"Never say never, because limits, are like fears, often just an illusion."
He felt terrible. You could see it in his eyes and his manner, while on the bench. He had a raging fever: full blown
flu-like symptoms. He looked deathly sick, almost delirious, he looked like death warmed over.
But when he was called to go in, he jumped up, transformed his demeanor: his whole body ready to go. He was a competitor
foremost. A fierce competitor. He lives for competition. He is the best basketball player ever.
Michael Jordan went on to score 38 points including an monster putback dunk, seven rebounds, five assists, three steals and one
block in the fifth game of Finals against the Utah Jazz. More importantly the Chicago Bulls won the game, and Michael collapsed
into Scottie Pippen's arms at the end. The Bulls, with Jordan feeling better, then went on to win the NBA Championship in the next
game. Jordan wasn't going to let his team lose as long as he had an ounce of strength left within himself.
Michael Jordan could do incredible things with the basketball. Weaving through his opponents grasping hands, he could
jump high, switch the ball to either hand, shoot, spin the ball off the glass, or dunk it, seemingly defying gravity. He
was a master of his craft. His tool was the basketball.
Michael Jordan, like every Crafter Artisan, is naturally competitive -- Crafters are also called the "Contending Tacticians."
Contending -- holding to one's position with tenacity, and a Tactician -- to be in "touch" and immediately improving one's position for
the next instant. Artistic spontaneity. Grace and skill. Air Jordan, literally the poster child for Madison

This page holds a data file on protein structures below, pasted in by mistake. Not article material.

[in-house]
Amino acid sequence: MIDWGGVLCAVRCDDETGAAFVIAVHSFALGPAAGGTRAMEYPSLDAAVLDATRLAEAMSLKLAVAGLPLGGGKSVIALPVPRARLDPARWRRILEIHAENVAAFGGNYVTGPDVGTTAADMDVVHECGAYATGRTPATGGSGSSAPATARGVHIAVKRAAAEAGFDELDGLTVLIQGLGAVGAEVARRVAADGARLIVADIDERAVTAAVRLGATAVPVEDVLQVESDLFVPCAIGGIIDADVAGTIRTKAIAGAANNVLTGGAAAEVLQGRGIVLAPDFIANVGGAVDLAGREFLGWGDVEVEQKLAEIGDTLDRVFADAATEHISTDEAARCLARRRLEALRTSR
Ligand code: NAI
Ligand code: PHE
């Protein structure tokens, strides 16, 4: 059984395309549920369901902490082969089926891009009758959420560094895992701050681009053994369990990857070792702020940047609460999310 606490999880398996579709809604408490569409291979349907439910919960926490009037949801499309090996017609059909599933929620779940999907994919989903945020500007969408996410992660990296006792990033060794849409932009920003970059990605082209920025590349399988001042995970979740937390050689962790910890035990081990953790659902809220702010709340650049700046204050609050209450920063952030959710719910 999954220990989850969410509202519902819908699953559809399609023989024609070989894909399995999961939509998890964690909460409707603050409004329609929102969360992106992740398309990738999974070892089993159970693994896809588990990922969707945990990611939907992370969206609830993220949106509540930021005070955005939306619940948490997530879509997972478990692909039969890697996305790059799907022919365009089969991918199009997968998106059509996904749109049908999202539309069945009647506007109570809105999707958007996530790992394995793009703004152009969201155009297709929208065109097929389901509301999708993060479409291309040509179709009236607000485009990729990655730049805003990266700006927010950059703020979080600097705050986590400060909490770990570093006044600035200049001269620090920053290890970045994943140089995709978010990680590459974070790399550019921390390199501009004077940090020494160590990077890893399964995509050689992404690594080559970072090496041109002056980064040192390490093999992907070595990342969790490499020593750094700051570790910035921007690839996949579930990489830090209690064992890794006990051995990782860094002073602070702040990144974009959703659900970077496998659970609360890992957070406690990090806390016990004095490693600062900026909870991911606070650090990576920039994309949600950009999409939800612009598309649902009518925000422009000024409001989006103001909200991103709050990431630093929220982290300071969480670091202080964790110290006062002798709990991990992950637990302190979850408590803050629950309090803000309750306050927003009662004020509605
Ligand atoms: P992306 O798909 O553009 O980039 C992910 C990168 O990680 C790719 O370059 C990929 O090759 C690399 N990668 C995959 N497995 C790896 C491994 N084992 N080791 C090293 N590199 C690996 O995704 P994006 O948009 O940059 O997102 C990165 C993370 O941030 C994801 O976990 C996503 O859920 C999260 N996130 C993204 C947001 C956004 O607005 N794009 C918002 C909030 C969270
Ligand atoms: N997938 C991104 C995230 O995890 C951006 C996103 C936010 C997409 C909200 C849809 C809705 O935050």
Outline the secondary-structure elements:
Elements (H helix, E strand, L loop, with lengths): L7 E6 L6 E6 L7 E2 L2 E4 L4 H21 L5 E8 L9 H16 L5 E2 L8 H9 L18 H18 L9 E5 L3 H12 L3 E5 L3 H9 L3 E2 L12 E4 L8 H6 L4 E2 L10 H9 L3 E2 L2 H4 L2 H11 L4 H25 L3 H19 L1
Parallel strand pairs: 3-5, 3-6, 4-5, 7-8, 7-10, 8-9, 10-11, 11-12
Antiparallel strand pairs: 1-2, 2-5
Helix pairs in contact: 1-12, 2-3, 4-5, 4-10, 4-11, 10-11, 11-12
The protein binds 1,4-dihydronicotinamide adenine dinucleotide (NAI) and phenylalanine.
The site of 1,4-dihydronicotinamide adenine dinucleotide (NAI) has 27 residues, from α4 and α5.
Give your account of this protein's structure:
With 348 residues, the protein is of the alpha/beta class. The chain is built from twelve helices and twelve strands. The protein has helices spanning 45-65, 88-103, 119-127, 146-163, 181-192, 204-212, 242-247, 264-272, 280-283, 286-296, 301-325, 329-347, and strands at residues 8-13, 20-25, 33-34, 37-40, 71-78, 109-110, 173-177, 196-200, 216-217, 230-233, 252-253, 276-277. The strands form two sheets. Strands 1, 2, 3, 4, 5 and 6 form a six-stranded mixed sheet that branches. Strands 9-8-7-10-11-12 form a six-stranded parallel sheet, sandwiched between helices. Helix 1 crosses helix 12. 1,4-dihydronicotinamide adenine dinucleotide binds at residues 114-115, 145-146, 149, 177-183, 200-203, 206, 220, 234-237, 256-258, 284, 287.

Avenue: "Just Do It" -- Jordan's athletic shoes sponsor's Artisan carpe diem phrase fits his personality to a tee. As Dr.
David Keirsey has said:
Crafters are the true masters of tool work, with an innate ability to command tools and to become expert at all the
crafts requiring tool skills. Even from an early age they are drawn to tools as if to a magnet -- tools fall into their hands
demanding use, and they must work with them.
Jordan led the NBA in scoring in 10 seasons (NBA record) and tied Wilt Chamberlain's record of seven consecutive scoring
titles. He was also a fixture on the NBA All-Defensive First Team, making the roster nine times. Jordan also holds the top
career regular season and playoff scoring averages of 30.1 and 33.4 points per game, respectively. By 1998, the season of his
Finals-winning shot against the Jazz, he was well known throughout the league as a clutch performer. In the regular season,
Jordan was the Bulls' primary threat in the final seconds of a close game and in the playoffs, Jordan would always demand the
ball at crunch time. Jordan's total of 5,987 points in the playoffs is the highest in NBA history. He retired with 32,292
points in regular season play, placing him third on the NBA's all-time scoring list behind Kareem Abdul-Jabbar and Karl Malone.1
Being the greatest basketball player, ever, was pretty good for a kid who was not chosen to be on the varsity in his high
school sophomore year for being too short. The coach had picked another kid, Leroy Smith, over Jordan. Michael Jordan
says, "I wanted to prove to Leroy Smith, myself, and the coach who picked him over me that, hey dude -- you made
a mistake." The competitive Jordan had to prove it to himself and others. He did.
1Wikipedia: Michael Jordan
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